Health care regulations going too far

Freedom New Mexico

Within moments of President Barack Obama signing the landmark health care bill in March, lawsuits were filed, in Florida, Virginia and elsewhere. They challenged its constitutionality on the grounds that the U.S. Constitution does not give the central government the power to require every U.S. resident, as a condition of living in this country, to purchase a product from a private company.

As Cato Institute legal scholar Ilya Shapiro, who has filed a friend-of-the-court brief in the matter, said, a safe prediction is that the U.S. Supreme Court will eventually take up the matter and issue a 5-4 decision — probably in June 2012 — with Justice Anthony Kennedy being the swing vote.

The justices will have their choice of several cases. In a case filed by the attorney general of Virginia (which passed a law exempting Virginia residents from any federal requirement to purchase health insurance) a judge heard oral arguments Oct. 18.

Last week, U.S. District Judge Roger Vinson in Pensacola, Fla., decreed that a legal challenge from the attorneys general of Florida and 19 other states can move forward to oral argument in December.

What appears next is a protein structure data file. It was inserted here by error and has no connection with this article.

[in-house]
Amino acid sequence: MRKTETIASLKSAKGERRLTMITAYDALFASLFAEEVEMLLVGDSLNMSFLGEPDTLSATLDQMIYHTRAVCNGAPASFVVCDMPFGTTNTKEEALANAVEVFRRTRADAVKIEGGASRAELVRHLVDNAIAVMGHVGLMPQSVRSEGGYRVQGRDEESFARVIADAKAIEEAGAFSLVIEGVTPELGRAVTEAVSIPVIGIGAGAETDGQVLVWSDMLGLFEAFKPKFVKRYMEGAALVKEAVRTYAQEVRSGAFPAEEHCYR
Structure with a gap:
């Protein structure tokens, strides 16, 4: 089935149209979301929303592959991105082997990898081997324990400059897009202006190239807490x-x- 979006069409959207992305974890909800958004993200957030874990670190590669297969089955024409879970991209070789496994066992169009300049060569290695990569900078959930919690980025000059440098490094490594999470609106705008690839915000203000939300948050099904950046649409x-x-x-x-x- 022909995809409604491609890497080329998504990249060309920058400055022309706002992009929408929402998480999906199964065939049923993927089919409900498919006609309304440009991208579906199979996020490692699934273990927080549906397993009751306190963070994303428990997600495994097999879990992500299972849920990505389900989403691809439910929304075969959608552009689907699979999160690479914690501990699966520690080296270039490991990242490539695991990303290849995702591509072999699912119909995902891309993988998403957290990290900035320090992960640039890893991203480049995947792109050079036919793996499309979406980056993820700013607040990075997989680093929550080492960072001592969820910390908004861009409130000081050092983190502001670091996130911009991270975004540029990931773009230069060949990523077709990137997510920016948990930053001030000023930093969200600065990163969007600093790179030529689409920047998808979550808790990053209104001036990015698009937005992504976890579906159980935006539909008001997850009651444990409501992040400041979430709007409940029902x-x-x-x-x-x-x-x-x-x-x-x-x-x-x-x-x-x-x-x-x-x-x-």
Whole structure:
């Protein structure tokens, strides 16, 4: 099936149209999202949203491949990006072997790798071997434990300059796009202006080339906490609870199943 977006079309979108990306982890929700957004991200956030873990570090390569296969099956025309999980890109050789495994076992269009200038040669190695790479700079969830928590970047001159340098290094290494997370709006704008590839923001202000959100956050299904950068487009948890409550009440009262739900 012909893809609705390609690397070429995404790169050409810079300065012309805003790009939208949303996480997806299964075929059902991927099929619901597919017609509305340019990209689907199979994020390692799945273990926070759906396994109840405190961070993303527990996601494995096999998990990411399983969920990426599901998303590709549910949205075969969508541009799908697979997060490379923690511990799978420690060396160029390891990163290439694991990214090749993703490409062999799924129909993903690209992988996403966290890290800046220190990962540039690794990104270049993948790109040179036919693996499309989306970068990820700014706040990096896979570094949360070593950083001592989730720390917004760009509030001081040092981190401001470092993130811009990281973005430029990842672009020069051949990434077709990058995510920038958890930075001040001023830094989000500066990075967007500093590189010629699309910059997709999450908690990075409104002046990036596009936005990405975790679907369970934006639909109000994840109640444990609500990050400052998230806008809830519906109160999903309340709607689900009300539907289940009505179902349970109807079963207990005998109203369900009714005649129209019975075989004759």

Meanwhile a federal judge in Michigan ruled that the insurance requirement is constitutional.

All of these cases will undoubtedly be appealed, and whatever decisions the respective appellate courts make will then be appealed to the Supreme Court.

The government’s case rests on an expansive interpretation of what we see as a misinterpretation of the Constitution’s Commerce Clause. This clause, allowing Congress to regulate commerce among the states, was intended to prevent states from erecting tariff and regulatory barriers against other states. Since the New Deal, however, the clause has been used to authorize increasingly intrusive central government regulation of, and interference in, commerce.

Friend and foe of the health care law agree its expansion of central government power is unprecedented. Judge Vinson, a Reagan appointee, expressed skepticism about an insurance mandate “based solely on citizenship and on being alive.” He also noted that, during congressional debate the administration characterized the proposed penalty on those who don’t buy insurance as a fine or penalty — not a tax or a tax increase. In court, however, the government called the penalties taxes because Congress has broad authority to levy taxes.

The fact that two judges have allowed these cases to go forward makes it clear the constitutional objection to Obamacare has legal substance. We hope the Supreme Court agrees that Obamacare is a mandate too far.